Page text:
According to a former employee the California based company was playing dirty.

A parent company called Move Inc. is the parent company that oversees and is being accused by a former employee of charging for services that were never ordered or received, and wrongfully billing realtor’s credit cards.

The former employee sales rep for Move Inc., Brian Bobik was terminated because he had made requests for accommodating his disability, attention deficit disorder, by wearing an earpiece to drown out the noise and sitting on an exercise ball instead of a chair at his desk.

Janice McDill, a spokesperson for emailed the statement: “The allegations are without merit, and we will defend the case vigorously. Beyond that, as a matter of policy on legal matters, we will have no further comment.”

And according to the complaint, Bobik was employed as an account executive for Move since September 2014, and his compensation “relied heavily on commissions” and his duties were “making a hundred calls a day” meeting month-to-month sales quotas.

Bobik sold lead packages by the ZIP codes to real estate agents that were paying to advertise on Bobik claims he became aware after only a few months of working there, of the practices he describes as “unethical and fraudulent.”

“There are so many lies told over the telephone to get real estate agents to pay for these leads. ‘Oh, we’ll make up for the bad ones. You won’t get rentals. You won’t get timeshares. If you do, we’ll take care of them.’ Yeah right,” Bobik explains.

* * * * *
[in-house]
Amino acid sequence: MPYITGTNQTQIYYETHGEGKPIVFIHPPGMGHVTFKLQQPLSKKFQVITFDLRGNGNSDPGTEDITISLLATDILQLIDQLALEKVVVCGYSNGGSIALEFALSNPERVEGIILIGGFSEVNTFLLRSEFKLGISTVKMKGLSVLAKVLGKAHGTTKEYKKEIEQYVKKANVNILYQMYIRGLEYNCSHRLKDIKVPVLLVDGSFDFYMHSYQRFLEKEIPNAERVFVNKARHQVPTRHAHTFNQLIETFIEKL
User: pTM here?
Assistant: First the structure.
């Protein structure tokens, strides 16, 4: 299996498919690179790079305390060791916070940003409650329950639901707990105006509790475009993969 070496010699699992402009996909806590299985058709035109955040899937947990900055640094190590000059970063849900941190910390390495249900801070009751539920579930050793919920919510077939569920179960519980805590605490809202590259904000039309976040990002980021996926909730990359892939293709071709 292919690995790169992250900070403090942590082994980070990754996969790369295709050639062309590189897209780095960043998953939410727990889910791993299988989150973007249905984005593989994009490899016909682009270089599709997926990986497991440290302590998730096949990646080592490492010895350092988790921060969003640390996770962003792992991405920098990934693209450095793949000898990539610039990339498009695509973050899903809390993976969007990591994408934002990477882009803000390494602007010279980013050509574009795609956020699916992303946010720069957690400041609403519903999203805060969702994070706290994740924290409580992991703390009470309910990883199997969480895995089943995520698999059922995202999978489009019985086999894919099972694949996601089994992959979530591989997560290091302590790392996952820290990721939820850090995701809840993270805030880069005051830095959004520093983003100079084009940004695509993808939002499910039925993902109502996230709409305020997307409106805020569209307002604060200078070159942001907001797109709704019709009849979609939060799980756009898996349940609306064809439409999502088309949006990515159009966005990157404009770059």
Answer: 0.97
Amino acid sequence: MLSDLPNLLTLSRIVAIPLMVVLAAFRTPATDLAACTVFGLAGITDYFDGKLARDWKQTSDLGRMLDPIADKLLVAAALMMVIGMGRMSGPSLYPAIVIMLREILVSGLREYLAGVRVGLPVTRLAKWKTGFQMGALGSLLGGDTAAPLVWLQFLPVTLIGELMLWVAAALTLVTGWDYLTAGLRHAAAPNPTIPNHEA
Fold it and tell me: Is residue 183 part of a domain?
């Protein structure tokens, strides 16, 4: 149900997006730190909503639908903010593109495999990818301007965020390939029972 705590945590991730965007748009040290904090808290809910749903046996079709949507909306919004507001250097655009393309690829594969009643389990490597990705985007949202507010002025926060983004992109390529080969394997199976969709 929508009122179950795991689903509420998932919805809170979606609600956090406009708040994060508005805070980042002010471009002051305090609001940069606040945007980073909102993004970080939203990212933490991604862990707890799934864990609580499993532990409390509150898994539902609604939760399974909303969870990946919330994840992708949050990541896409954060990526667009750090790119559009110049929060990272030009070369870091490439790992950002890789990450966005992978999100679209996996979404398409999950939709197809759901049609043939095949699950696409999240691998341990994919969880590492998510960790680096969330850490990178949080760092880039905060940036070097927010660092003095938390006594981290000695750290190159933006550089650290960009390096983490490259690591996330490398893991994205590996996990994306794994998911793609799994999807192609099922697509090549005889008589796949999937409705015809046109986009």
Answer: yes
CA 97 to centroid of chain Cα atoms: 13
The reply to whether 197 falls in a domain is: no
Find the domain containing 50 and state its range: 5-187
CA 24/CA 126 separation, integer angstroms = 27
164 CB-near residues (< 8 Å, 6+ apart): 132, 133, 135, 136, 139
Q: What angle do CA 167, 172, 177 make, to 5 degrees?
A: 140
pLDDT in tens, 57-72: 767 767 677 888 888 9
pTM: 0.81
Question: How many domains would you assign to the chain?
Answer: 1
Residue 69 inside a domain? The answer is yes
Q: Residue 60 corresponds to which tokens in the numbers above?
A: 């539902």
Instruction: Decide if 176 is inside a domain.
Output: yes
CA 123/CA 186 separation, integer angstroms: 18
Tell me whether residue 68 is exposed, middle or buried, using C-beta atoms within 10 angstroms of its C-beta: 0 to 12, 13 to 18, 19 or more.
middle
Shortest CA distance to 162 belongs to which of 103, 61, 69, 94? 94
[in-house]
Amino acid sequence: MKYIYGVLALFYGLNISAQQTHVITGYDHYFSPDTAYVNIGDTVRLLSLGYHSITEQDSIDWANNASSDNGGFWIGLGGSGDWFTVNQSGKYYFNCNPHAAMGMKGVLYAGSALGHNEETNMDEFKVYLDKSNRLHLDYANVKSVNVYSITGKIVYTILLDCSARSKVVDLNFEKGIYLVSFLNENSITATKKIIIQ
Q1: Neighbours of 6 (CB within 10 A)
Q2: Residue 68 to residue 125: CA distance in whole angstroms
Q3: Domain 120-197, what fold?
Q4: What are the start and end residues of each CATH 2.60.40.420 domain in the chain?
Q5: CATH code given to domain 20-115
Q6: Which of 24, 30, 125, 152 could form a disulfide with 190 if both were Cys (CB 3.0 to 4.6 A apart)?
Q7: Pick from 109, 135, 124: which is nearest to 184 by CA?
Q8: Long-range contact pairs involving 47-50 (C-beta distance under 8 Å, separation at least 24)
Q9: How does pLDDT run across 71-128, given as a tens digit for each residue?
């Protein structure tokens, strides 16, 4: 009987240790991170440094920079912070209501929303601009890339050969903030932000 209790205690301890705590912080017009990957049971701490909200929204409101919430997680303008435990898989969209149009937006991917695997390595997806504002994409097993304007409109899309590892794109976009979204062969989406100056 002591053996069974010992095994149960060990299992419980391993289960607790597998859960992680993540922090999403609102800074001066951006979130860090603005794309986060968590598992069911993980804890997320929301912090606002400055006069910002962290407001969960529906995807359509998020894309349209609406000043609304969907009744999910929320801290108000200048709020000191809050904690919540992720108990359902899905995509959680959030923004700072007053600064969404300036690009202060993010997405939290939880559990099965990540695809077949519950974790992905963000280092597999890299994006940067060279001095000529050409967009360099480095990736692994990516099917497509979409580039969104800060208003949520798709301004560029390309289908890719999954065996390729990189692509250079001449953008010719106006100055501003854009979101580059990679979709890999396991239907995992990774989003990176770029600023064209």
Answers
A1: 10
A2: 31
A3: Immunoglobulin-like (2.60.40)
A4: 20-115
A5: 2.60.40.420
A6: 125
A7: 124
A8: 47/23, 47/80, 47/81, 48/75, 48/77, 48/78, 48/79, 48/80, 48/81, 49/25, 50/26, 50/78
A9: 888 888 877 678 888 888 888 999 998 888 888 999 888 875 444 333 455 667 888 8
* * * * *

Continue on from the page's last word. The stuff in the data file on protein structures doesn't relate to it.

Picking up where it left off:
When Bobik explains over the phone to the agents they were not entering a contract, and they could cancel the service at any time, when he knew they couldn’t and that the leads they paid for were not shared with any other agents when they were.

And when agents canceled a credit card after being unhappy, Move’s vice president of sales, Leo Jay instructed the Move sales reps to charge the agent by using another credit card the agent had on file- without their permission.

There appear to be allegations on an online business website, with many complaints and of the 432 reviews, nearly 2/3rds (273) are one-star reviews alleging this company is a scam.

“Real estate agents are being taken advantage of every day at,” Bobik explains.

Will National Association of Realtors (NAR) take action?

Bobik believes Move will settle the dispute in the lawsuit, though, sharing his experience he expects there to be a prompt change and impels that National Association of Realtors (NAR) to take “swift action”. NAR owns, but Move is a subsidiary RealSelect that runs the site on behalf of a 1.3 million-member trade group that has been under the terms of a 1996 operating agreement and amended multiple times over the years.

When asked for comment on the lawsuit and with Bobik’s desire for NAR to intervene, a NAR spokesperson Sara Wicskerchen sent an email to Inman,

“Our acting General Counsel Ralph Holmen has reviewed the complaint. It involves exclusively in employment dispute between Move and a former employee, about which we had no previous knowledge of or information about and cannot comment at this time. The Operating Agreement does not address Move employment matters or the conduct of Move sales staff in any way, nor do we think it would be appropriate for NAR to be involved in such internal Move operational matters.”

And this is not the first time a sales rep has filed a lawsuit alleging fraud with the major third-party portal. When an inside sales consultant of in 2014, the archrival Zillow alleged that the site was aiding lenders to violate a federal anti-kickback law and they were letting them pay more than their fair share in advertising costs.

Zillow revealed that the federal Consumer Financial Protection Bureau (CFPB) started investigating shortly thereafter. Though, neither CFPB nor Zillow has announced results of that investigation.